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City Will Take Part in “Operation See! Be Seen!” Campaign

The City of Poughkeepsie Police Department will once again participate in the Governor’s Traffic Safety Committee’s “Operation See! Be Seen!” campaign, designed to raise awareness about keeping pedestrians safe across the state.

During this two-week campaign, from June 14 through June 27, city police will be patrolling busy pedestrian corridors and issuing warning notices, tickets and informative tip cards to both motorists and pedestrians found violating the law. More than a dozen law enforcement agencies, including Poughkeepsie, will cover 20 “focus communities” identified in the statewide Pedestrian Safety Action Plan, where pedestrian crash volume is highest outside of New York City.

 “We take this matter seriously,” said City of Poughkeepsie Police Chief Tom Pape. “Making sure pedestrians are safe is imperative, particularly in a walkable city like Poughkeepsie.”

Hannah Early, at left, and Chelsea Schwarze, use a crosswalk on Main Street in the City of Poughkeepsie to make their way during a lunch break recently. Early is the programming coordinator for the Dutchess County Regional Chamber of Commerce Foundation, and Schwarze is member relations director for the Chamber.

State officials point out that more than 25 percent of motor-vehicle-related fatalities are pedestrians. The majority of those, 61 percent, were related to driver actions, while 37 percent were deemed to be caused by pedestrian actions.

The education campaign emphasizes the “See! Be Seen!” message for both drivers and pedestrians. For instance, drivers must stop for pedestrians at crosswalks and intersections. They should not block crosswalks when stopped at intersections. They should always look for pedestrians, particularly when turning at a green light or making a right turn on red.

Pedestrians must cross at intersections and marked crosswalks. They should use pedestrian push-buttons where available and wait for the signal to cross. They are reminded that, when no sidewalks are available, they should walk facing traffic so they see vehicles and drivers see them.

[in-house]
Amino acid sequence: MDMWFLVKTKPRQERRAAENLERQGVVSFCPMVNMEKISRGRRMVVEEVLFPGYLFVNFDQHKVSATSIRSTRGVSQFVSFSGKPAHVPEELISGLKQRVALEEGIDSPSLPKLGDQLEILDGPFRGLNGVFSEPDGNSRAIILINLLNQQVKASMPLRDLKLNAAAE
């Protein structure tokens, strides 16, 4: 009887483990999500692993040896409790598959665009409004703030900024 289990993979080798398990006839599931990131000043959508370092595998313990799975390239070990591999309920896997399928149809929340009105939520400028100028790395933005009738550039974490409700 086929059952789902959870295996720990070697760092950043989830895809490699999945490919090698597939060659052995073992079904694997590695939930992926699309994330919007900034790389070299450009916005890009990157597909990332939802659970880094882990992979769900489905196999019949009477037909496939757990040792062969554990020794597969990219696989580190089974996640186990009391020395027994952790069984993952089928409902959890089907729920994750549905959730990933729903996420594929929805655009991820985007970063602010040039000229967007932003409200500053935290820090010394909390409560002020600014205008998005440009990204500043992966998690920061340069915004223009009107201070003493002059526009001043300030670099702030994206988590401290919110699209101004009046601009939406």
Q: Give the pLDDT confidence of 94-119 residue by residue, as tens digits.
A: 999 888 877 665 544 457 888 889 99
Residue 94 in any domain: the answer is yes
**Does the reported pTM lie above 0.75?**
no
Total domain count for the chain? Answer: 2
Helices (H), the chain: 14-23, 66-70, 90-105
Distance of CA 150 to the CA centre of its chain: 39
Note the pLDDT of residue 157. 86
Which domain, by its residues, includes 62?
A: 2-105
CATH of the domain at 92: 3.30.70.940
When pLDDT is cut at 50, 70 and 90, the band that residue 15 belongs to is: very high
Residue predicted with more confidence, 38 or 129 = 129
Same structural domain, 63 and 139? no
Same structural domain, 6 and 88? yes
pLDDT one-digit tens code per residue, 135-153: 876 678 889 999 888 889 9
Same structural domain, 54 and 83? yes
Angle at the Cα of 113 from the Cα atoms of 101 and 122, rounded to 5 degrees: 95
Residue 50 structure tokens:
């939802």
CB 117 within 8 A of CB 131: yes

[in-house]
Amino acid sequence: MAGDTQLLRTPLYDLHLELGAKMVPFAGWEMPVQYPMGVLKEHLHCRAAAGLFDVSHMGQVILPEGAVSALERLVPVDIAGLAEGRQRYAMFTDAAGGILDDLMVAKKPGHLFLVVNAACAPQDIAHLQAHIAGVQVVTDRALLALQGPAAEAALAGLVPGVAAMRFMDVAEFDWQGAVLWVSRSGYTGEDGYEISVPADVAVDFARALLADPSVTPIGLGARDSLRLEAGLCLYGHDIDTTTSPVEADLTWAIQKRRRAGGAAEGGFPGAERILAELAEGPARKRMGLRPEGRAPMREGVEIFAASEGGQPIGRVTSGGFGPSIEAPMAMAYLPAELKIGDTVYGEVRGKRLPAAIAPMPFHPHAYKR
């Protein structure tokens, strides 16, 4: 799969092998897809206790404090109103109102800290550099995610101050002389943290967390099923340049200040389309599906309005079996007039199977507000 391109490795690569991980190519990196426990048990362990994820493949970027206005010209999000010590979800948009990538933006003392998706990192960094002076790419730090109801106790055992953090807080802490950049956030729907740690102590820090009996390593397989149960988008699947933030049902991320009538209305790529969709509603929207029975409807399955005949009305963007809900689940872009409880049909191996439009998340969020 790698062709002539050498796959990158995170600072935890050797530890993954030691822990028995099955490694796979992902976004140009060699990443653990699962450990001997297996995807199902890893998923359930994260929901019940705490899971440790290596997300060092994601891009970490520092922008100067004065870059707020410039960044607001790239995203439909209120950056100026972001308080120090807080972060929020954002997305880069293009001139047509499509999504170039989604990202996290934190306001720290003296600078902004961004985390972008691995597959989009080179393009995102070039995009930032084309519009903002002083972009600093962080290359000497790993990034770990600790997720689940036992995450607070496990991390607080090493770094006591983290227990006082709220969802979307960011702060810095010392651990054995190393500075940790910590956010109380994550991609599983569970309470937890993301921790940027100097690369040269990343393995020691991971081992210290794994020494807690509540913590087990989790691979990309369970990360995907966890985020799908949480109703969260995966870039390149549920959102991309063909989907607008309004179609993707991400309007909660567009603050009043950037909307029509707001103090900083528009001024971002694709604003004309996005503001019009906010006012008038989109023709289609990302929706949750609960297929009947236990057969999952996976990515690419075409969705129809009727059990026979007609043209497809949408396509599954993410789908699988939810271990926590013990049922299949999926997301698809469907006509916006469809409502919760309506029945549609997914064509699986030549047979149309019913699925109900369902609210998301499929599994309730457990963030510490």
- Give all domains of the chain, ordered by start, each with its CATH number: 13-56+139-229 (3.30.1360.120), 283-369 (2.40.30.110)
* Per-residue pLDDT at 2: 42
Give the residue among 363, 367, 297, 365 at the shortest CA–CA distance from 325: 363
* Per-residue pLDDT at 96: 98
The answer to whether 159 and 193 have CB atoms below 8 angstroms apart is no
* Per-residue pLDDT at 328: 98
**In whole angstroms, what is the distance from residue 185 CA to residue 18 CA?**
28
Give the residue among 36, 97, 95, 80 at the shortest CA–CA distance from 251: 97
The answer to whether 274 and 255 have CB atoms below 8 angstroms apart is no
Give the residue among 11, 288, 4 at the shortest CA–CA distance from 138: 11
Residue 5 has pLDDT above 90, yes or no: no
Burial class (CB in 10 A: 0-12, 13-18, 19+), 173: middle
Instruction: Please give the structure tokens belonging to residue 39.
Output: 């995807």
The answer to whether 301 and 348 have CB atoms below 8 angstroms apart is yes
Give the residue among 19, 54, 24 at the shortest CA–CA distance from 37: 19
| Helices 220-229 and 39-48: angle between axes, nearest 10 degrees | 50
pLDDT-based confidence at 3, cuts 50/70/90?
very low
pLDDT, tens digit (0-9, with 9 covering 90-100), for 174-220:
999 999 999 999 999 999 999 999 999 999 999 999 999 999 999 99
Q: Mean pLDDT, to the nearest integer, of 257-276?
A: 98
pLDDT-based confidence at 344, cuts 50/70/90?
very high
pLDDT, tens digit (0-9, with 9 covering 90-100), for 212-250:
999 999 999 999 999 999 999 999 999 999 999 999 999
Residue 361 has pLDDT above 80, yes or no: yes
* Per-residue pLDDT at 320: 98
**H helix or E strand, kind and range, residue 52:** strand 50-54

“With the warmer weather,” City of Poughkeepsie Mayor Rob Rolison noted, “There are more people walking in the city. It’s an encouraging sign to see, but it also means drivers have to stay alert at crosswalks and in other places attracting pedestrians.”

Mayor Rolison said the city has been embracing the “complete-streets” concept, which means equal consideration should be given to all users of the street — including pedestrians, bicyclists, transit users and persons with limited mobility.  The city has formed a Complete Streets Working Group and will be doing outreach with the public and other stakeholders.

The state’s enforcement mobilization is part of the broader Pedestrian Safety Action Plan being implemented by the New York State Department of Transportation, the New York State Department of Health and the Governor’s Traffic Safety Committee’s

Last year, the city was awarded $2,430,000 as part of the plan’s grant program. The statewide initiative calls for a systemic approach to address pedestrian safety issues and provides funding to local governments to implement low-cost, high-impact improvements at known hazardous locations. 

The city will use the PSAP funding along corridors, intersections and uncontrolled crosswalks where the highest pedestrian traffic exists and where past accidents have occurred, including sites along Main, Mansion, and Market streets.  Interventions will include upgrading high-visibility crosswalks and signage, installing countdown pedestrian timers, and in some locations introducing curbed pedestrian refuges at crosswalks.

Resources:

To learn more about “Operation See! Be Seen!” and the Pedestrian Safety Action Plan, visit the GTSC Pedestrian Safety page, go to:
www.safeny.ny.gov/peds-ndx.htm and www.ny.gov/programs/pedestrian-safety-action-plan